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Showing posts from August, 2014

Pride Lines

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It’s a curious statement—until you check out the details behind it.

In 2 Kings 15 we have a brief summary of the reign of Azariah (or Uzziah), king of Judah. He became king at the age of sixteen and remained king for fifty-two years. Verse 3 tells us: “He did what was right in the eyes of the Lord, just as his father Amaziah had done.” All good, right?

But here comes the curious statement. “The Lord afflicted the king with leprosy until the day he died, and he lived in a separate house. Jotham the kings’s son had charge of the palace and governed the people of the land” (15:5).

Azariah, or Uzziah, was one of the good guys. So what happened that the Lord brought this affliction down upon him? The book of Kings doesn’t give us the details but a parallel account in 2 Chronicles 26 does. Uzziah, as he is called in Chronicles, was a great king. It was recorded that: “…his fame spread as far as the border of Egypt, because he had become very powerful…he was greatly helped until he became pow…

The Legacy

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Over the past few months two giants in the history of our movement have passed away. One, Murray Heron, was one of the pioneers who moved to Northwestern Quebec to do ministry among the francophones of Rouyn-Noranda, Val d’Or, LaSarre and Malartic. He, and others were persecuted and imprisoned during those early years but they faithfully continued their ministry despite the challenges. The story of those years continues to inspire others to serve the Lord with diligence. The other, Roy Lawson, served in youth and pastoral ministry for many years but perhaps is best known for the years he gave as General Secretary (now “President”) of The Fellowship of Evangelical Baptist Churches in Canada. He left a mark on the movement and on the present leaders of the movement that will not soon be forgotten.

As I read 2 Kings 13 this morning, the story was told of another man who left his mark. Elisha, the prophet of the Lord, faithfully proclaimed the word of the Lord during the spiritual ups and…

Let the Fire Come

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The scene is set. Eight hundred and fifty pagan priests (1 Kings 18:19) a whole lot of ambivalent people (18:21), an extremely annoyed king (18:16) and a vicious queen (18:4), gathered on the top of Mount Carmel to face one weary prophet named Elijah. He’d been on the run from Jezebel (the vicious queen) for at least three years. You remember the event. The four hundred and fifty prophets of Baal were invited to prove that Baal was God (18:21). They built their altar and pleaded with their god to respond with fire. The heavens were silent (so was the hell from which their god came). They wailed and shouted all day, cutting themselves to impress Baal with their religious fervour.

Nothing.

Then Elijah stepped up. He ordered the altar to the Lord rebuilt, covered it with wood and the sacrifice, and then doused the whole things several times with water (18:33-35). Any boy scout knows that water and fire don’t mix. Then Elijah spoke to the One who had sent Him on this suicidal mission: “A…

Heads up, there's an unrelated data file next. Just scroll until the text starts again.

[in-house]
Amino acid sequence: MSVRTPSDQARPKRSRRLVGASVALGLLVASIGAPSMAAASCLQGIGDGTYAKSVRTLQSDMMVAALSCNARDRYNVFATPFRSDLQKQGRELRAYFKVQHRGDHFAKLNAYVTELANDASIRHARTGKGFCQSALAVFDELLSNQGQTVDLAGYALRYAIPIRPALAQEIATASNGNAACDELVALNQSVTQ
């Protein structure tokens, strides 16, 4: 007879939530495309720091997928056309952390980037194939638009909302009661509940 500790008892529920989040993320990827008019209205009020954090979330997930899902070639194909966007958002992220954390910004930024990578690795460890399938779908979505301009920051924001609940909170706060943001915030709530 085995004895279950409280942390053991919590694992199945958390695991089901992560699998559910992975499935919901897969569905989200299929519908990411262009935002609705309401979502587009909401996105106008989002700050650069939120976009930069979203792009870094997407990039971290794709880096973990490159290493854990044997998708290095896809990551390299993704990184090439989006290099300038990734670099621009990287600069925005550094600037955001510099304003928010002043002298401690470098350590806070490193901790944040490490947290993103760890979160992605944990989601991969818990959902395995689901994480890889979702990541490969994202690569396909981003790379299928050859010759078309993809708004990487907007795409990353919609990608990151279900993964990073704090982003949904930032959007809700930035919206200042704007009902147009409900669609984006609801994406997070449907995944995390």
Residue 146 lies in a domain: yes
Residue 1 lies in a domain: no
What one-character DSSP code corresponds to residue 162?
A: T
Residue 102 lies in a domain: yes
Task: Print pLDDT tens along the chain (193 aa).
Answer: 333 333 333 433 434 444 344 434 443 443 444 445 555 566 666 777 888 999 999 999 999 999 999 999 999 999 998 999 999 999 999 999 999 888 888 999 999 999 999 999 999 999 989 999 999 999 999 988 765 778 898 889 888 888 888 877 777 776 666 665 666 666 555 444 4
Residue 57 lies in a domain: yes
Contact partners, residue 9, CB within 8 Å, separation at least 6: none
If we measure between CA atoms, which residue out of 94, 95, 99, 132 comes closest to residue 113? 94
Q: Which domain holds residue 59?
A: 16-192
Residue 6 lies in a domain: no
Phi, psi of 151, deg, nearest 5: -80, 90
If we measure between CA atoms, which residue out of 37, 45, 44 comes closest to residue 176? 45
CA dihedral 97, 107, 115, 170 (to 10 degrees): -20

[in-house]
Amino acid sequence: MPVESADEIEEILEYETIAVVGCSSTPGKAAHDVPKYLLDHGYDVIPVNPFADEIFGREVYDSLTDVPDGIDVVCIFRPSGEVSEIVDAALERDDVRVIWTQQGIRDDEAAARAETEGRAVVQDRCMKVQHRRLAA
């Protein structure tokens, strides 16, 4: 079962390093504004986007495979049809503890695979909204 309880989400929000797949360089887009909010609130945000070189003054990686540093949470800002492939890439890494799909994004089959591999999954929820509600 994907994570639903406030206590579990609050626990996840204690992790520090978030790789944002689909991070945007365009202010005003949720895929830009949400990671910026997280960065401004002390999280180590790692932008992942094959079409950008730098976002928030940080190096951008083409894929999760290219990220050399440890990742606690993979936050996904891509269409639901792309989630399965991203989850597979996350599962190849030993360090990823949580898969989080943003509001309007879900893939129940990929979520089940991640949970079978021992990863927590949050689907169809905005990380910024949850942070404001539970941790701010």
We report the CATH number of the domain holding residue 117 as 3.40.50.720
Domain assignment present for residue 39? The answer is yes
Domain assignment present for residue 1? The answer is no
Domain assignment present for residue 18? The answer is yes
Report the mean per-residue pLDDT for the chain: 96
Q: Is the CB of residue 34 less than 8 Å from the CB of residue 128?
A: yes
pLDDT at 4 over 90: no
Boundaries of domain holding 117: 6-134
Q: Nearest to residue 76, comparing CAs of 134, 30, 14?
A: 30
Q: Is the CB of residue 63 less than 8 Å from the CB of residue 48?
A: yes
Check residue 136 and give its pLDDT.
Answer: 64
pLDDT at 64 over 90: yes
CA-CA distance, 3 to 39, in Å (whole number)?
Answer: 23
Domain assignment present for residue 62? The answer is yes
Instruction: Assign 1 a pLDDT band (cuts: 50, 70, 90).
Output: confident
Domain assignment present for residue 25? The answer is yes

Sins of Silence

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“You can’t fight City Hall.”

I suppose that many of us have heard that phrase before.

It appears that the people of Israel heard something similar. Or perhaps they really didn’t care about the issue anyway which might have accounted for their actions—or the lack thereof.

In any case, King Solomon loved his ladies and gave in to their every whim—including the ones that dictated that they worship their own gods. We already know that he shouldn’t have married these women in the first place (1 Kings 11:2) but he not only allowed them to worship as they pleased, but he also “aided and abetted” their worship by building altars to some of the most detestable of their gods (11:7, 8). To add insult to injury, he participated in the worship of these gods (11:5).

And the people followed him, apparently without protest—after all Solomon was “City Hall.” There is no Biblical record that anyone said anything about Solomon’s choices. Where were the prophets, the priests, the righteous people who wer…

When You Don't Ask For Enough

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Solomon is king over Israel.

But the man purported to be the wisest man that the world has ever known made at least one fatal mistake: He didn’t ask God for enough, nor did he ask soon enough.

In 1 Kings 3 we have the record of Solomon’s prayer to God when he asks the Lord to give him wisdom.

Now, O Lord my God, you have made your servant king in place of my father David. But I am only a little child and do not know how to carry out my duties. Your servant is here among the people you have chosen, a great people, too numerous to count or number. So give your servant a discerning heart to govern your people and to distinguish between right and wrong. For who is able to govern this great people of yours?” (3:7-9)

That prayer was a smart one. God responded to it by blessing Solomon with extraordinary wisdom—so much wisdom that Solomon’s fame spread throughout the world of that day, and continues to be a much quoted example today.

But Solomon had already made a fatal mistake, one that he wo…